- Allan N. Schore, Department of Psychiatry and Biobehavioral Sciences, University of California at Los Angeles; David Geffen School of Medicine; author of The Science of the Art of Psychotherapy

‘Clara Mucci provides us with a book of impressive scope — a comprehensive, erudite conceptualization of human-caused trauma through a detailed examination of interrelated findings from attachment theory, neurobiology, genetics, and different (and sometimes conflicting) psychoanalytic perspectives. Her exploration is scholarly and thoughtful throughout, while also poignantly capturing the subjective experience of trauma in its many dimensions. Mucci considers the central role of interpersonal connectedness, in its different forms, in fostering resilience, and offers a rich psychoanalytic meditation on the places of mourning, creativity, and forgiveness in the process of overcoming trauma—including what victims need from those around them, and from their therapists. Even the most experienced clinicians will come away with a more thorough, integrated understanding of trauma and an enriched clinical approach to their work with traumatized patients.’
- Jay Frankel, Adjunct Clinical Associate Professor, Postdoctoral Program in Psychotherapy and Psychoanalysis, New York University; Associate Editor, Psychoanalytic Dialogues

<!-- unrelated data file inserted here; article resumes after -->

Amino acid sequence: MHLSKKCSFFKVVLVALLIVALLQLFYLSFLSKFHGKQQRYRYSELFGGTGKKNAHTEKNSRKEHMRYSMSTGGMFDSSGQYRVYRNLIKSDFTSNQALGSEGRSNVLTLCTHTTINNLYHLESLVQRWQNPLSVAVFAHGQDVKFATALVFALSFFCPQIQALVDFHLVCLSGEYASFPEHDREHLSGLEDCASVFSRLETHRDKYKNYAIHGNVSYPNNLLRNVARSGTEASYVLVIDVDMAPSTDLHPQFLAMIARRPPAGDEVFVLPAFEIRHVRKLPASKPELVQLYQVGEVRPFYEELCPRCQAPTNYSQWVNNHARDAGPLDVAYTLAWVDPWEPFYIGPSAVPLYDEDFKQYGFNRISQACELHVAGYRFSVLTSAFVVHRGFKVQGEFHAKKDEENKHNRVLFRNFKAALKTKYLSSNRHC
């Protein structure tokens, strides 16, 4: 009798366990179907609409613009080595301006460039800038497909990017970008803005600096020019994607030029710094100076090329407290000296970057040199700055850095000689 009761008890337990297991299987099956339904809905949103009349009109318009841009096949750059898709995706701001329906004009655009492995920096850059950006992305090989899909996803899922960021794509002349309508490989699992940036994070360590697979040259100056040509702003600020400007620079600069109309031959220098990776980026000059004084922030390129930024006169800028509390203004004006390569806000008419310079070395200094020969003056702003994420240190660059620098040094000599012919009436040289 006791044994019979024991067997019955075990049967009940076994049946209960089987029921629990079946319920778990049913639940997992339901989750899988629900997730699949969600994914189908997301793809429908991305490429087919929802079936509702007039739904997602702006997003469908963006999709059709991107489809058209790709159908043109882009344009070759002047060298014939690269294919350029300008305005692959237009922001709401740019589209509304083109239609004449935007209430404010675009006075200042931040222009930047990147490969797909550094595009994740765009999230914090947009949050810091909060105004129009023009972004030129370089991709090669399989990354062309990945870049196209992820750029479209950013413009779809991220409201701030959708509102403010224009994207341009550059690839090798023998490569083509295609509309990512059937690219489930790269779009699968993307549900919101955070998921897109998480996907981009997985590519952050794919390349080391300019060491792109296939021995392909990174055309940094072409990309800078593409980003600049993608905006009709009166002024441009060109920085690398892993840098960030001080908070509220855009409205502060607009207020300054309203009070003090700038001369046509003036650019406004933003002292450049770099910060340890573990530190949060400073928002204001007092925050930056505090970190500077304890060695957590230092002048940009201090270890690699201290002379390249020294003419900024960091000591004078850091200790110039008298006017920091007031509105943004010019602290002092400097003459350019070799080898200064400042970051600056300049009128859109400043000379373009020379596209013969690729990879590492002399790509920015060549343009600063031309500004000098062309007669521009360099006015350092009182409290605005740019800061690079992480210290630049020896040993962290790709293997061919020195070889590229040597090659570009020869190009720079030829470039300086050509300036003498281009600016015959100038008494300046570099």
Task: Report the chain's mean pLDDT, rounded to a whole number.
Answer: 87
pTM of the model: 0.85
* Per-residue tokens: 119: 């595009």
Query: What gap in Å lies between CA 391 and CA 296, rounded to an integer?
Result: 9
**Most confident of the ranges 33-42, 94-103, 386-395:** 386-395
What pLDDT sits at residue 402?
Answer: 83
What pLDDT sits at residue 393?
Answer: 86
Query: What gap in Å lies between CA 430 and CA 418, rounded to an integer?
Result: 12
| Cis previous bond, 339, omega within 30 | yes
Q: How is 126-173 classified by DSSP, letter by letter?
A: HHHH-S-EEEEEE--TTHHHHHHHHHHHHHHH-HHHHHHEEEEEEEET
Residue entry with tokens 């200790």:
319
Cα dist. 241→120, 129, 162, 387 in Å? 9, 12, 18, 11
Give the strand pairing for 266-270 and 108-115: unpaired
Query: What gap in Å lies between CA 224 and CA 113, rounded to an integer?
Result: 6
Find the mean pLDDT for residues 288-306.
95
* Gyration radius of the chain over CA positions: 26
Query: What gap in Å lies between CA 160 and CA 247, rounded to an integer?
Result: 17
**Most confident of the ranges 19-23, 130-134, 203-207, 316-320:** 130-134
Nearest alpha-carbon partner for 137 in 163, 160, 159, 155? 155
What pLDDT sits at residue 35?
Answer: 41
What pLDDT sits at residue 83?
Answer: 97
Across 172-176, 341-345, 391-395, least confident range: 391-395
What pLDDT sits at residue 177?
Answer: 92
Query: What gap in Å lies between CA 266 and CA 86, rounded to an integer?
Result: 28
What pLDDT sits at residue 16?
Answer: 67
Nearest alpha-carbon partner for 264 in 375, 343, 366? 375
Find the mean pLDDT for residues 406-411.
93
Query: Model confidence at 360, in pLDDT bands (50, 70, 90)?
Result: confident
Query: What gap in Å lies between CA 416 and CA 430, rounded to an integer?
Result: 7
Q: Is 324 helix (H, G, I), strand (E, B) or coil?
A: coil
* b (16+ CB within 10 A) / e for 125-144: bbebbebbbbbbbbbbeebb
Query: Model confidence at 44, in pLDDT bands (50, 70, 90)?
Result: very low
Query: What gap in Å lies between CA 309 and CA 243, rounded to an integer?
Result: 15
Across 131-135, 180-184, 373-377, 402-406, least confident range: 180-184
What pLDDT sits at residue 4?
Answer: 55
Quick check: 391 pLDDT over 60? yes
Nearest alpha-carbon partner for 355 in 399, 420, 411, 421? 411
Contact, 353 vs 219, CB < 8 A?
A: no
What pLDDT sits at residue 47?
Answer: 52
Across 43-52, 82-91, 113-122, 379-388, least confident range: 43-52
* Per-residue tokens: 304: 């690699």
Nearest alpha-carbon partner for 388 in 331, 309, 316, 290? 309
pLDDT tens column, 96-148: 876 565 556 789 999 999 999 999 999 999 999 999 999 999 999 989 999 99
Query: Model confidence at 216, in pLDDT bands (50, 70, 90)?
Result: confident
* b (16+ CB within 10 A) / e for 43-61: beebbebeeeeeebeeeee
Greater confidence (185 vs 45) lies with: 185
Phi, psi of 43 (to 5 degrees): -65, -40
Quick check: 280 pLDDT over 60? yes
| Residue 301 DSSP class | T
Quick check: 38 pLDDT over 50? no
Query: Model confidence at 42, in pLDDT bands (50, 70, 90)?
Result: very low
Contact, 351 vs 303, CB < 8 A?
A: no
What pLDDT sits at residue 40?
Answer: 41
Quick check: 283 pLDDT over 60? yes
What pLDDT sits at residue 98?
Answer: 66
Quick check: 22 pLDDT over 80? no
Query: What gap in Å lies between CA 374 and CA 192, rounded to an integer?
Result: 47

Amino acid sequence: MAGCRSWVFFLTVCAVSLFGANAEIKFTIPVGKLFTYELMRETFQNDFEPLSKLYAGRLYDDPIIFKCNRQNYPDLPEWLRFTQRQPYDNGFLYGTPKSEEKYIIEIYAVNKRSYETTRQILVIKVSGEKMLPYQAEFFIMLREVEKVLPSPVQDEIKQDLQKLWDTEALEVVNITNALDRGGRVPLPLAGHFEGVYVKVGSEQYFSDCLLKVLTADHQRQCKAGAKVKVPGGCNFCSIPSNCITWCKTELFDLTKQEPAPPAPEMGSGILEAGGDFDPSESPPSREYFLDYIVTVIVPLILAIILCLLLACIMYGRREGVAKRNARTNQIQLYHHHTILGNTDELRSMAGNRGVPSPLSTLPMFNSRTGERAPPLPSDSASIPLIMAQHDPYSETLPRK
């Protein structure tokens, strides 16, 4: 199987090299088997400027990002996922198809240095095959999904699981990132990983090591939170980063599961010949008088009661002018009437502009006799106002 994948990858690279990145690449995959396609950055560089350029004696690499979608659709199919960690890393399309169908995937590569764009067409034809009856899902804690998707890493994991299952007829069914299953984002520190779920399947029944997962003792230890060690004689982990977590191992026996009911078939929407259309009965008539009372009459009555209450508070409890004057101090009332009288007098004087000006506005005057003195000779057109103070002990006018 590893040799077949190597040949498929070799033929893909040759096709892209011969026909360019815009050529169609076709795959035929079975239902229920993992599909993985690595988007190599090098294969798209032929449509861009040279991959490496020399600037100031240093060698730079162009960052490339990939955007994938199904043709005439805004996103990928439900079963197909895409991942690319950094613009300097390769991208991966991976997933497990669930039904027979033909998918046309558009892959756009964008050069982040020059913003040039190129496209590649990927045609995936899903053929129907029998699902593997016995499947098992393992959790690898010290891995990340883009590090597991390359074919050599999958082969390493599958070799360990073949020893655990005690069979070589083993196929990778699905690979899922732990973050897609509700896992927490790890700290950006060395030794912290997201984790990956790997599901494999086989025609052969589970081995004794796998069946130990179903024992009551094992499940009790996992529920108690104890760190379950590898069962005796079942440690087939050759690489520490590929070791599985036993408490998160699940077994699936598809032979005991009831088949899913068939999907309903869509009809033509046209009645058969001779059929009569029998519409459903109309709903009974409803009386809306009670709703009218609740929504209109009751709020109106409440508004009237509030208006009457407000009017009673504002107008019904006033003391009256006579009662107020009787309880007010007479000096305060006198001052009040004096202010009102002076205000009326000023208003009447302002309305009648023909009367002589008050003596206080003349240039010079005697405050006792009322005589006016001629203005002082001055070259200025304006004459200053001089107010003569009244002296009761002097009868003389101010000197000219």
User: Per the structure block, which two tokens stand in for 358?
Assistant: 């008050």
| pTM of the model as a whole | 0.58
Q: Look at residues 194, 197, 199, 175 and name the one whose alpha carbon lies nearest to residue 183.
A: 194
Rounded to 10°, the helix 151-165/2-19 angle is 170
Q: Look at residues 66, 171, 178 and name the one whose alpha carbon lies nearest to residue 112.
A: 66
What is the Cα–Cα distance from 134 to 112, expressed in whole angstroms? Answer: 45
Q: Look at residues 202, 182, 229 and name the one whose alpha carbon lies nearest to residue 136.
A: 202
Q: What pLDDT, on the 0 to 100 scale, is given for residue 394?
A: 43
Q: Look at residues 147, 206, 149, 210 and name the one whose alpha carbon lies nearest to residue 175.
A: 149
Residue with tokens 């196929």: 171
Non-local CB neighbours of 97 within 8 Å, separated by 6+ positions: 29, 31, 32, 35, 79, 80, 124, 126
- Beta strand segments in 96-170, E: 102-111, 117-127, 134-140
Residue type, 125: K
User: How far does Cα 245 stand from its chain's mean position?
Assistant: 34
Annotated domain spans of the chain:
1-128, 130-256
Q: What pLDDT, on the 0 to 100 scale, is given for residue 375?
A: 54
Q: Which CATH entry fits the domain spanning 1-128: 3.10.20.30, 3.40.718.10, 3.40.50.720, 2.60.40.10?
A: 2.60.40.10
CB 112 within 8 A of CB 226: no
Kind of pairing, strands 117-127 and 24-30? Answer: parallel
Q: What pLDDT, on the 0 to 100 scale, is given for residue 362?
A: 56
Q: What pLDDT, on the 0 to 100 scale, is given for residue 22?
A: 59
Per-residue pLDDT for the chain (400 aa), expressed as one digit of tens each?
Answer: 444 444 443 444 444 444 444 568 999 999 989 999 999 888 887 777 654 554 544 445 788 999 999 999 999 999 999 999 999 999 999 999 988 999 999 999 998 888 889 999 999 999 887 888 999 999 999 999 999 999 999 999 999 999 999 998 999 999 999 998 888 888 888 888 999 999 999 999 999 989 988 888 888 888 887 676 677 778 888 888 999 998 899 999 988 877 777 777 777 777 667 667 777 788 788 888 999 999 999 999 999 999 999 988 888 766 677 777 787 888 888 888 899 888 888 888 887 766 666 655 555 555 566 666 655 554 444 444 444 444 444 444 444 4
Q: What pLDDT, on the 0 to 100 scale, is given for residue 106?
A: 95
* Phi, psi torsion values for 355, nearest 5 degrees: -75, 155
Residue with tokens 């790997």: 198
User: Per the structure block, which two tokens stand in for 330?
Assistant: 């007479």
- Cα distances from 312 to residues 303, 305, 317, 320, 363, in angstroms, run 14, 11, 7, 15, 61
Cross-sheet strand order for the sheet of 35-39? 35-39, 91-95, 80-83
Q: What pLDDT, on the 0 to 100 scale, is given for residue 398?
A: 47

'This book offers a precious instrument of study and research, a rare opportunity to investigate the encounter-crash between not-Me objects and the processes of subjectvivation..opening new roads for future investigation, holding together both the subject and the object, without the threat of reciprocal annihilation.'
- Anna Ferruta, Full member of the AFT Società Psicoanalitica Italiana, and of The International Psychoanalytical Association

About the Author(s)

Clara Mucci is a psychoanalytically oriented psychotherapist practicing in Milan and Pescara, Italy. She is Full Professor of Clinical Psychology at the University of Chieti, where she taught English Literature and Shakespearean Drama. She received a PhD from Emory University, Atlanta, and was a fellow in 2005-2006 at the Institute of Personality Disorder, New York, directed by Otto Kernberg. The author of several monographies on Shakespeare, Psychoanalysis and Literary Theory, she has taught in London (Westminster College), Atlanta, and New York (Hunter College).